5. Gove is in charge of preserving the Union, levelling up and housing. They are all very much with an election in mind - keeping the Scots on board, delivering tangible benefits to Tory converts in the Red Wall etc. The communities role is a result of the recent Lib Dem by-election victory. Essentially Gove is to water down recent building permission plans so as to not allow a Lib Dem revival.

  6. Liked this quote:

    UK house price growth slows but supply-demand imbalance widens – Property Industry Eye

    Lucy Pendleton, at estate agents James Pendleton, firmly believes that the “froth has come off” the housing market. “A reality check was probably needed nationwide, and it’s London that is probably more ready to take its medicine,” Pendleton added. “Vendors in the capital have been forced to compose themselves over the past month and more sensible asking prices will ultimately help to underpin demand and transaction levels as we move into 2022.”

  7. 11 minutes ago, Smiley George said:

    And yet the ONS 5% drop from last month didn't even make the Your Money section of their website.

    They are now one of the most biased proponents of the HPI forever mantra, pretty disgusting really from our once respected national broadcaster.

    Just for fun I googled their mission statement and number 1 is:

    1. To provide impartial news and information to help people understand and engage with the world around them.


    The Guardian's take is a contrast:
    UK house price growth slows as end to stamp duty holiday looms | Housing market | The Guardian

  8. 7 minutes ago, byron78 said:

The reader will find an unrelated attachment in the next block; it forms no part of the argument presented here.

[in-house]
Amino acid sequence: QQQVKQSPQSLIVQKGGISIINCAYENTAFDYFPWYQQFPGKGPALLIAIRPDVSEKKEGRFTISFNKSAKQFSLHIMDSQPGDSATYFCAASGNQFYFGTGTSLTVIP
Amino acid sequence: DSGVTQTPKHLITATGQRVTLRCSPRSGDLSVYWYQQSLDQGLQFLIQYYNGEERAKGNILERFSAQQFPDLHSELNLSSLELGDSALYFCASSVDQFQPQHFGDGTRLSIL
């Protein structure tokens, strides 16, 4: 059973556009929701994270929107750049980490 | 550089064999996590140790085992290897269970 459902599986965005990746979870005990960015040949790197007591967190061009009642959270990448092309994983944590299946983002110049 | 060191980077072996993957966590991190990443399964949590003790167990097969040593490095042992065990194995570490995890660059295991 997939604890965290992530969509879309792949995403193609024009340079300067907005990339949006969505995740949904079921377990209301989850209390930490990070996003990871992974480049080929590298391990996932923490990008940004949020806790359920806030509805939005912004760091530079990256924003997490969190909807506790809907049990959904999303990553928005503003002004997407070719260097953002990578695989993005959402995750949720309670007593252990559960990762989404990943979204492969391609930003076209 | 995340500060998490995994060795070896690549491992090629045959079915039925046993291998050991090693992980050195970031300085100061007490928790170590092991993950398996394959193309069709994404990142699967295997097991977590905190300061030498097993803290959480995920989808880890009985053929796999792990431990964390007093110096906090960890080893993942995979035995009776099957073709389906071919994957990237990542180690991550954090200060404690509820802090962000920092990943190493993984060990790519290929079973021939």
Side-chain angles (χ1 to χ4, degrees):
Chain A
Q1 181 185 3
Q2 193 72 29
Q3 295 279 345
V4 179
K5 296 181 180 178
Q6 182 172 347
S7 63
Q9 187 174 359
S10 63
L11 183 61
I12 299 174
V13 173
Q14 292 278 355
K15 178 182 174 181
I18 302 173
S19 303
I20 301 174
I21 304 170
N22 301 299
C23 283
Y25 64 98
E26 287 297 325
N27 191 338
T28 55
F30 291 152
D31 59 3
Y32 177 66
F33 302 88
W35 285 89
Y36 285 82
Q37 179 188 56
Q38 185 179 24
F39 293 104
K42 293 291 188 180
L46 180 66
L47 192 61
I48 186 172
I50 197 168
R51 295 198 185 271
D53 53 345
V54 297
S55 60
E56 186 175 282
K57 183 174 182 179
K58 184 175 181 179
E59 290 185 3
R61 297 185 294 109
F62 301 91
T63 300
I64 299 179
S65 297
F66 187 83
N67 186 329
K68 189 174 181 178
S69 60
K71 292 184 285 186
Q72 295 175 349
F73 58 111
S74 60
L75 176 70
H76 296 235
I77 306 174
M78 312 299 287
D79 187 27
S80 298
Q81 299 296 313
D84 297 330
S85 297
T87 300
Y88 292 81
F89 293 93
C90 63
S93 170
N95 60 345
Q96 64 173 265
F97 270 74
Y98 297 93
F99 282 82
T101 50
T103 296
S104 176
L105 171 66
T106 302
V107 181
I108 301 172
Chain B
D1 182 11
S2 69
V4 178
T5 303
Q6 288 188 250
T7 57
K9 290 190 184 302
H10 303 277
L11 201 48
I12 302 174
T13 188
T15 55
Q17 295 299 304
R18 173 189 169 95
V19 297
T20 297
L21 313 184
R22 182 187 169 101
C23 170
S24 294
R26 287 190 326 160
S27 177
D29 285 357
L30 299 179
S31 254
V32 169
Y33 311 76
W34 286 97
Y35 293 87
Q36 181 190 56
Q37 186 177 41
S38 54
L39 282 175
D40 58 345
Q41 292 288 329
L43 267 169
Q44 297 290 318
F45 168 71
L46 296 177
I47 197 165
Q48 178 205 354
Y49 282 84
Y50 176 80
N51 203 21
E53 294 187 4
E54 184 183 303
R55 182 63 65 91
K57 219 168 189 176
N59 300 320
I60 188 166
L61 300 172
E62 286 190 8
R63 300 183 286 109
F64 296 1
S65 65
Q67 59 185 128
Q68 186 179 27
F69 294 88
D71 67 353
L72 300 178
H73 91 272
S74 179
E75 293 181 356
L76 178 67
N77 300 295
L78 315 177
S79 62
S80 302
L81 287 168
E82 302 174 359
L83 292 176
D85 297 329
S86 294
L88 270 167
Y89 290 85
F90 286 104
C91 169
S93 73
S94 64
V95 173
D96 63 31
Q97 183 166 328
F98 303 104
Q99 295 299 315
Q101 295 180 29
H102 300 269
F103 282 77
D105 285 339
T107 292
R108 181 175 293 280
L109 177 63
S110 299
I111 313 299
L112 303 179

I think they will.

    I'd give it another 18 months before anyone working class who voted for BoJo realises they haven't just been had, they've been lied to and treated like complete idiots.

    The thickest ones won't of course, but you suspect a great many of the unwashed will work it out pretty shortly.

    Nobody will give a monkeys about kneeling (or pretending it'll usher in a new Marxist dawn because they can't possibly be a bit racist can they?) when they can't afford shelter, food, or fuel.

    There's work out there. But no one can afford to move to find it or pay to train to get it either (2K+ for an HGV license and training currently).


    I think we're actually moving more to a style of voting preferences as seen in the US - low-skilled people in towns voting right of centre, educated city types voting left of centre.

    From what I understand, folk in the Red Wall are very patriotic and proud of the UK too. Labour under Keir Starmer is perceived as almost being ashamed of the country.

  9. Labour in its current guise comes across as the party for the metropolitan, remain-voting woke folk. No surprise really given that the architect of Labour's last manifesto proposal to have a second referendum - which cost them so dearly in the Red Wall - was some bloke called Keir Starmer, who represents a constituency in the capital.

    Unlike the Tories, Labour don't throw their leaders under the bus until they have lost an election (or resigned anyway). Overturning the current Tory majority in the next election looks like a massive task too...

    I wish labour would get back to its roots - supporting workers. This would mean recognising that low skill immigration drives wages down, clamping down on benefits for the workshy and delivering policies towards ensuring that the average worker on an average salary could afford the average house price.